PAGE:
In the short term, this can be true. People might temporarily listen to you because you’re the leader, and they might even grudgingly follow orders they disagree with, but it only goes so far. Eventually, if your players don’t believe in you and don’t see the point in what you want them to do, they’ll just go somewhere else for their fun, and there’s not a damn thing you can do about it. What are you going to do, boot them from the alliance?

Any effective long term authority you expect to wield has to come from the respect that your players have for you, not from the [LEADER] tag next to your name. Players will listen to what you have to say and do what you want them to do because they believe in you and think you know what you’re doing, not because you have the power to kick them from the alliance. This respect isn’t something that comes with the title, but rather something that you have to build up over time. You have to work at it, and you can’t take it for granted.

Most of this guide is in one way or the other about building that respect.

Don’t take yourself too seriously

There’s nothing more boring that a leader that can’t laugh at him or herself. New leaders sometimes have a tendency to be overly serious and spend time agonizing about their perception within the alliance -- I know I certainly did. Do people take me seriously? Am I acting “leaderly” enough? These guys are making for of me for taking a pod -- do they secretly think I suck at the game?

Don’t worry about it. People don’t expect you to be perfect, just honest. Players respond far better to leaders that have a sense of humor and can poke fun at themselves than they to do ones that that keep an icy distance from the troops so that the pecking order remains clear. As long as you’re making good decisions and doing your best for the alliance, people will respect you.

Don’t burn bridges

Leadership is a stressful, emotional thing, and it’s easy to take things personally. Maybe it’s a player leaving, or a defeat handed to you ingame, or one of a million other things that can go wrong in an alliance.

But whatever you do, don’t burn your bridges. It can be easy to decide that a person or alliance means nothing to you and that it doesn’t matter if you’re never on civil terms with them again. It can be easy to dismiss someone with a cutting remark, and it might make you feel like a badass. But don’t be an asshole for the thrill of a good burn. It might be satisfying in the moment, but it doesn’t get you anywhere and it’s usually embarrassing in retrospect.

Players will leave your alliance for all manner of reasons. Maybe they’re bored and looking for something different. Maybe they just never gelled with the culture of your alliance. Maybe they have friends in another alliance they feel loyal to. Who knows? It all hurts, and it can very personal. But clamp down on your tongue. Wish them well. Don’t be an ass. There’s nothing to be gained and everything to be lost.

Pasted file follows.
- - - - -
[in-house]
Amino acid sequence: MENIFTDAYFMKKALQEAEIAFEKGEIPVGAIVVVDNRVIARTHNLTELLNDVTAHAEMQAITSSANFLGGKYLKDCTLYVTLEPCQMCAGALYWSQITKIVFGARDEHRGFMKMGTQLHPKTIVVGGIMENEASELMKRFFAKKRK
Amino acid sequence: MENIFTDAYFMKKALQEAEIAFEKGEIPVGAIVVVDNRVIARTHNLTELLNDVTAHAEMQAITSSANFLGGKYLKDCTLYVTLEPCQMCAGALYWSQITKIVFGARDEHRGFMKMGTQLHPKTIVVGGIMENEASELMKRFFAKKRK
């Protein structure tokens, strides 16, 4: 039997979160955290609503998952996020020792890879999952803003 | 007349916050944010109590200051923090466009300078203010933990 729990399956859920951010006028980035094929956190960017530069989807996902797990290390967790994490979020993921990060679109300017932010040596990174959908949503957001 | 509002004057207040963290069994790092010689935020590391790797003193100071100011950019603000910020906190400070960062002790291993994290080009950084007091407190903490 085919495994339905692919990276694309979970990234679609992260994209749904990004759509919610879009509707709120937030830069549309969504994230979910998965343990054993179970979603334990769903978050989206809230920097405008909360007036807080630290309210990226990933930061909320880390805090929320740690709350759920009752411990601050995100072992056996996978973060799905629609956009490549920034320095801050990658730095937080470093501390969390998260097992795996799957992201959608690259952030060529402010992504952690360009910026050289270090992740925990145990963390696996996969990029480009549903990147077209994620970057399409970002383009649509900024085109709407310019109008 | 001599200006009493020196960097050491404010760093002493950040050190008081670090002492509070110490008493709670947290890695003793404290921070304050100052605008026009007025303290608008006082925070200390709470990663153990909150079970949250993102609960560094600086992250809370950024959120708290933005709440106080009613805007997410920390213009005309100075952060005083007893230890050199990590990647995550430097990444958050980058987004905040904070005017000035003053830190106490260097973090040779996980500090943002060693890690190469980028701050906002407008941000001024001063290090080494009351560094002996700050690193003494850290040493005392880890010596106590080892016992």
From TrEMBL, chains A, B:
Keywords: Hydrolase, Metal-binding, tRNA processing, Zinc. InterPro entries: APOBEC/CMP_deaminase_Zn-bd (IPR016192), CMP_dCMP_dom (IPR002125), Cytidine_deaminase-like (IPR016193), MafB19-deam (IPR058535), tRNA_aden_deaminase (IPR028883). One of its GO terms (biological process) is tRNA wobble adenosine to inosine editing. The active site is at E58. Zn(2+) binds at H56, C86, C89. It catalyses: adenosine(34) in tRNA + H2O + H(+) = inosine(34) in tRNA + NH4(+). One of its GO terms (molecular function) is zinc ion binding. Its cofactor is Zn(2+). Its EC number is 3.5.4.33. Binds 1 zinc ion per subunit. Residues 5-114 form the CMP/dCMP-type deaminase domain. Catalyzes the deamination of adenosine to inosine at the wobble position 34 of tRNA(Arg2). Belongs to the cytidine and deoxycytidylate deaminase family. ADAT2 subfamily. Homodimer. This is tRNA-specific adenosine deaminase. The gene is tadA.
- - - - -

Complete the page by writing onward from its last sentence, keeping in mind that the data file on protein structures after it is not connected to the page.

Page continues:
People you’ve wronged or been harsh to can damage you in ways you’ll never anticipate. An ex-player you took a parting shot at might feel more inclined to leak sensitive information to his new alliance. A player you’ve shamed might decide to ram your raid team into a port. An alliance you’ve bullied might assemble a coalition to take you down.

Conversely, the better you are to people, the better they are to you, and over time this also plays out in complex ways that you can never anticipate. An enemy that you were respectful to might be impressed with your character and choose to join your alliance in the future, and you might discover that he wasn’t such a bad guy at all. Today’s disgruntled departing player might be tomorrow’s returning and even more loyal one.  Today’s enemy might be tomorrow’s powerful ally. You never know how things will work out.

Now, I’m certainly not saying you should be a pushover. Stand up for yourself and what you think is right. But try to do it without being an ass. You never, ever come out worse off for forcing yourself to take the high road. If you find yourself getting too pissed about something, step back for a moment before you do something you’ll regret.

Never take credit

Did you just spend two weeks pulling strings, shuffling funds, and designing ships to make a successful raid op happen? Excellent work! Bask in the private glow of a job well done and thank the raiders and RCs and escorts and everyone else involved for making it happen. It was their doing, not yours, and make sure they know it.

The only time you should be taking credit for something is when something goes wrong. Did a player screw up his squad setting and destroy two expensive raiders? Don’t crucify him! He already feels bad enough. Apologize to everyone for not being clearer about squad settings and for not double checking before you started.